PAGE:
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Zero Percent of High School Students Proficient in Math in One of America’s Richest Counties

Zero Percent of High School Students Proficient in Math in One of America’s Richest Counties

The 74 Million is calling it “Connecticut’s shame.” In Fairfield County, a county consistently ranked as one of America’s richest counties, there is a high school that has been failing for the past 50 years.

At Bassick High School in Bridgeport, zero percent of students are proficient in math. A lack of funding has not only teachers reaching into their pockets to fund supplies, but students as well. The 74 says a report revealed students are forced to pay for their own books, science equipment, globes and maps.

"The stakes are no longer who pays for books and globes but how a school that has struggled for decades can rise to the challenge of preparing students for the 21st century — for an economy that requires increasingly high levels of skill and knowledge even as low-wage jobs disappear,” The 74 said.

Students at Bassick High certainly aren’t being prepared for life after graduation- if they show up. Chronic absenteeism is rampant with more than half of the student population missing an average of 18 school days last year. The missed instruction is evident when taking a closer look at the schools’ student performance.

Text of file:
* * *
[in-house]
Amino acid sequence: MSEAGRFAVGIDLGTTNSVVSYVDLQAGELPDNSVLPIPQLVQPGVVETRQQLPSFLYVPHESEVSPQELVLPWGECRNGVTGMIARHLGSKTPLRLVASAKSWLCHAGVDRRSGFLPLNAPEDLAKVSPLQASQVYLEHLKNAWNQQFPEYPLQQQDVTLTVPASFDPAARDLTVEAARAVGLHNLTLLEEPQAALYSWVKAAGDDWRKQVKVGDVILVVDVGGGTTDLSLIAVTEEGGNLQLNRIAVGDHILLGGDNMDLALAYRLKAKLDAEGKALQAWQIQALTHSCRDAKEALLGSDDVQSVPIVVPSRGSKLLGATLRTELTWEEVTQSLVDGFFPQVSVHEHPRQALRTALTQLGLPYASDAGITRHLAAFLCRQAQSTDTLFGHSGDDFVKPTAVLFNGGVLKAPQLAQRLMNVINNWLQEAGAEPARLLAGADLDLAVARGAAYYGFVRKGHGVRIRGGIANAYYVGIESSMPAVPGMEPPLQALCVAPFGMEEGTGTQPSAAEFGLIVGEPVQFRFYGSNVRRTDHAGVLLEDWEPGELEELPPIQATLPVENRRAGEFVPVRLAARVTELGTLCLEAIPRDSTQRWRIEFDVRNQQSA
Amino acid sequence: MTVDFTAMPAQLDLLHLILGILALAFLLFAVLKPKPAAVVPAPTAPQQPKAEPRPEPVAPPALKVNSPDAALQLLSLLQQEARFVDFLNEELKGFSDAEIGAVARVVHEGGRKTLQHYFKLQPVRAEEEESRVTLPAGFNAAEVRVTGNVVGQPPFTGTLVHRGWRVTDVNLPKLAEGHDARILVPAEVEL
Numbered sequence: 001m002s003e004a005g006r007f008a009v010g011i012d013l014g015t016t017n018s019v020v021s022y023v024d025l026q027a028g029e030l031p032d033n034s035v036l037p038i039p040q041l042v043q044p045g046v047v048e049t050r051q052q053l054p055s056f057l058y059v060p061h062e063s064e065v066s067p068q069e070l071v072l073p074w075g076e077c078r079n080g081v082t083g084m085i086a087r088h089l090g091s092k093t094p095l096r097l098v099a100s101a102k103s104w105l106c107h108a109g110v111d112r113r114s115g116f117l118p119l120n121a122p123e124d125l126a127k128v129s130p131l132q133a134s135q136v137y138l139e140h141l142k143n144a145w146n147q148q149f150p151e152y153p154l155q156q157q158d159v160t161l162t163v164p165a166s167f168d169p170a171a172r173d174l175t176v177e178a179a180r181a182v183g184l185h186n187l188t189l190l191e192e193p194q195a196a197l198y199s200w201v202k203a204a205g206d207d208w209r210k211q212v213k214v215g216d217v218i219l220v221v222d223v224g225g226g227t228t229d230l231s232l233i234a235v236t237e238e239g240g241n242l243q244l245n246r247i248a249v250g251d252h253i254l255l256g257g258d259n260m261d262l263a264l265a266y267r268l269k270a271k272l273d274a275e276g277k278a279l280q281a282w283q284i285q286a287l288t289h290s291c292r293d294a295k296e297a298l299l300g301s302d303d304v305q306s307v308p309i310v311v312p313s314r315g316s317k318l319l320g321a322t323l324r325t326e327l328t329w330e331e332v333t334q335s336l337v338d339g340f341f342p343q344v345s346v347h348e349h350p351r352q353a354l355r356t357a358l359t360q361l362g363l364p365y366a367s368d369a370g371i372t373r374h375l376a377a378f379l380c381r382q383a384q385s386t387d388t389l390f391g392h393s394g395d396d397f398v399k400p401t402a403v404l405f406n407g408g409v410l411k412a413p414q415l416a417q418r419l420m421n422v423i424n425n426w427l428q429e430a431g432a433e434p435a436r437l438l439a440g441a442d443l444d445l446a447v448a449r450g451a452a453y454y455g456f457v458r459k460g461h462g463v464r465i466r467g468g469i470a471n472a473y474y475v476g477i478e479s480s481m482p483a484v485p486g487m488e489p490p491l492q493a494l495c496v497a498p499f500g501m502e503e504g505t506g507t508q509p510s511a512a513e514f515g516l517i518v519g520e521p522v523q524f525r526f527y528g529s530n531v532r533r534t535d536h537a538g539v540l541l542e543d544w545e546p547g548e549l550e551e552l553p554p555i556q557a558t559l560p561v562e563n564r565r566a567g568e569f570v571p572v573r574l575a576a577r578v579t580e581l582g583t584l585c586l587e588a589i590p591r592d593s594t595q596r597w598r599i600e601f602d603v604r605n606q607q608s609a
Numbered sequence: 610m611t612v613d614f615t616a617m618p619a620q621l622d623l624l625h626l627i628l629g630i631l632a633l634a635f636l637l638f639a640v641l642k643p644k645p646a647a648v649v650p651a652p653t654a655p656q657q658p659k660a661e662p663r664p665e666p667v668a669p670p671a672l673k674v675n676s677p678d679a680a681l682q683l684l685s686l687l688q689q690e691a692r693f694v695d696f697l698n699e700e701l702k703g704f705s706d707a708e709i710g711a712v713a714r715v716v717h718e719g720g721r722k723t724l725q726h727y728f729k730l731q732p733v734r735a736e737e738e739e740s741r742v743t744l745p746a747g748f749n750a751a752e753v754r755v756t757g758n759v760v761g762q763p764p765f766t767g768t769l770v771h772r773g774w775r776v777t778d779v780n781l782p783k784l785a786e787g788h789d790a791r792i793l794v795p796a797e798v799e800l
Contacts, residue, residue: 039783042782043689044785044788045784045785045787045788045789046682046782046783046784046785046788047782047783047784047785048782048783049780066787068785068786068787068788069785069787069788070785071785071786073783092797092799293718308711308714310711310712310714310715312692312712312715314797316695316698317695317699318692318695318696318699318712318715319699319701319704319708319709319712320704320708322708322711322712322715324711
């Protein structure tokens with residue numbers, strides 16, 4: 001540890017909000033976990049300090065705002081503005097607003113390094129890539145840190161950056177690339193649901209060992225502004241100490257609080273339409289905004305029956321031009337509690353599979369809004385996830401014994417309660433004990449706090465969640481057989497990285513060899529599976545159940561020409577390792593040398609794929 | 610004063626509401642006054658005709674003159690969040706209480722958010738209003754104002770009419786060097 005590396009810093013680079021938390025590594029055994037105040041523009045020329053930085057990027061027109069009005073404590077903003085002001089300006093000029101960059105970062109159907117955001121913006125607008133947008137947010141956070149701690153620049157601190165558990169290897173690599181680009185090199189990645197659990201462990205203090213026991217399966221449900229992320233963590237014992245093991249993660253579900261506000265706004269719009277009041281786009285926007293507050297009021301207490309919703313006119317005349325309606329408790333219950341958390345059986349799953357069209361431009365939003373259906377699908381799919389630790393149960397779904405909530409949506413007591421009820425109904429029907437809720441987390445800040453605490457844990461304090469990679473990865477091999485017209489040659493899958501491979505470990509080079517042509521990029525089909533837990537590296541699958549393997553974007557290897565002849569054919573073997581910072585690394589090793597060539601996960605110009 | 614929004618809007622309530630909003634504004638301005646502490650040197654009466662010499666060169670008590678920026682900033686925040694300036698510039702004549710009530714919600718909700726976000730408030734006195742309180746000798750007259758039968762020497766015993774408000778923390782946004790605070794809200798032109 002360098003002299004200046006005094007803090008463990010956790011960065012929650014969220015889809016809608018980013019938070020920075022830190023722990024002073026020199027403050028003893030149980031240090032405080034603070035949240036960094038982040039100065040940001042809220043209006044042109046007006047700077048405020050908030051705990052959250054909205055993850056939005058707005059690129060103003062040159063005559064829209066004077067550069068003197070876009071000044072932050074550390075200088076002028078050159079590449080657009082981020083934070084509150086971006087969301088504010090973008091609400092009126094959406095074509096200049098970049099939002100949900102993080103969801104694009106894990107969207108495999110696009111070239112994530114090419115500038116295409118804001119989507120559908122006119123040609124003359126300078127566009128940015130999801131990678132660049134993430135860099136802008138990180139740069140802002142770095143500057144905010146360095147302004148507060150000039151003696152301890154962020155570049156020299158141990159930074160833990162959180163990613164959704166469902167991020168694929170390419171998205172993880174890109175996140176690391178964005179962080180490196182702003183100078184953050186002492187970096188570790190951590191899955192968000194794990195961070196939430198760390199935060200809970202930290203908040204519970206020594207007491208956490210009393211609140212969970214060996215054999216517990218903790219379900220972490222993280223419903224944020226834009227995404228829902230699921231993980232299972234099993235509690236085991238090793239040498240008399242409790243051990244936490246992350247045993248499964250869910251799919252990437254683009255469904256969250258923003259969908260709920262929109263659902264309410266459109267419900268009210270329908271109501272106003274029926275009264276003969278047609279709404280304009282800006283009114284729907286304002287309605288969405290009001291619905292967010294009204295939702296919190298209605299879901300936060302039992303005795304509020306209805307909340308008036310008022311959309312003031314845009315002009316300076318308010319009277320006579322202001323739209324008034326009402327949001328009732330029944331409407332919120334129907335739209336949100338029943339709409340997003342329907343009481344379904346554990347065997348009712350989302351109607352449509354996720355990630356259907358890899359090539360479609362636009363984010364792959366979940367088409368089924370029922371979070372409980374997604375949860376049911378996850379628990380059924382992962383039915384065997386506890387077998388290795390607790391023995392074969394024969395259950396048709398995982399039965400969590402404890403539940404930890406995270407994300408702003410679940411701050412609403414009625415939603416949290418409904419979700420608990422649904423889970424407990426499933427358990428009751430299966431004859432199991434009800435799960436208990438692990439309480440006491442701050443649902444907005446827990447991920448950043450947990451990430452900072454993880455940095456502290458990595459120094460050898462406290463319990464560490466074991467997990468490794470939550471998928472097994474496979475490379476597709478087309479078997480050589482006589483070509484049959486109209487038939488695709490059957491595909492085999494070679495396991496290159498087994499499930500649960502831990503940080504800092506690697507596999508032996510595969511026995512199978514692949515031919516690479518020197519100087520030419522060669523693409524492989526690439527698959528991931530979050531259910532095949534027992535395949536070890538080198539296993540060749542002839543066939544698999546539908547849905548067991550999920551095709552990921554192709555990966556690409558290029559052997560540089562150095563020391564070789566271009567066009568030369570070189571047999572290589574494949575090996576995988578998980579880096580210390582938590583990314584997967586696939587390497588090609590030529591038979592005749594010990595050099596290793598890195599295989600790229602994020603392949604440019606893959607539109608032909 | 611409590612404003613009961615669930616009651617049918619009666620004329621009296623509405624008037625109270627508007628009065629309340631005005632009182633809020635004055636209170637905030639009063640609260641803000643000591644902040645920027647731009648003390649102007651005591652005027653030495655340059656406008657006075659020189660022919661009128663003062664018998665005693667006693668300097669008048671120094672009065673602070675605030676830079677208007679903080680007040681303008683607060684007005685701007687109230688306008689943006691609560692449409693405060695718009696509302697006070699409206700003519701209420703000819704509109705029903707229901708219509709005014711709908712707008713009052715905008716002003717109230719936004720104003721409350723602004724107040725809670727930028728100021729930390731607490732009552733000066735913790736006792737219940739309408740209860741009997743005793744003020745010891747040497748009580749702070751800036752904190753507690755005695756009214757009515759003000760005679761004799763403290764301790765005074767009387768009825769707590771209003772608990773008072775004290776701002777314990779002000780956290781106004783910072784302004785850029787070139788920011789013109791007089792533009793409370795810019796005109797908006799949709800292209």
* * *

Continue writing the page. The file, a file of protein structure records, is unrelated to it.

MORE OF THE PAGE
"In all, 68 Bassick students sat for 85 AP exams but scored high enough to earn college credit on only 16 tests. Among the 167 students that took the SAT, the average score on either the 800-point math or English sections did not crack 400, according to The College Board, which administers the test.”

After years of failed reform thanks to a community and government at odds, a 2013 report found that despite Bassick’s teachers generally having positive attitudes and a strong sense of community, efforts to succeed were significantly "hindered by an aging building, insufficient technology and inadequate instructional supplies,”

Add in the fact that propose budget cuts will cut funding to programs aimed at reforming the consistently failing schools, and hope starts to fade.

”[U]ncertainty about Bassick’s future remains. Gov. Malloy has proposed a budget that cuts state funding to CommPACT, leaving program administrators to come up with a new source of money for their parent engagement programming.”

Some predict Bridgeport will suffer for another decade before progress is made.

Read the full story.

Nicole Gorman, Education World Contributor


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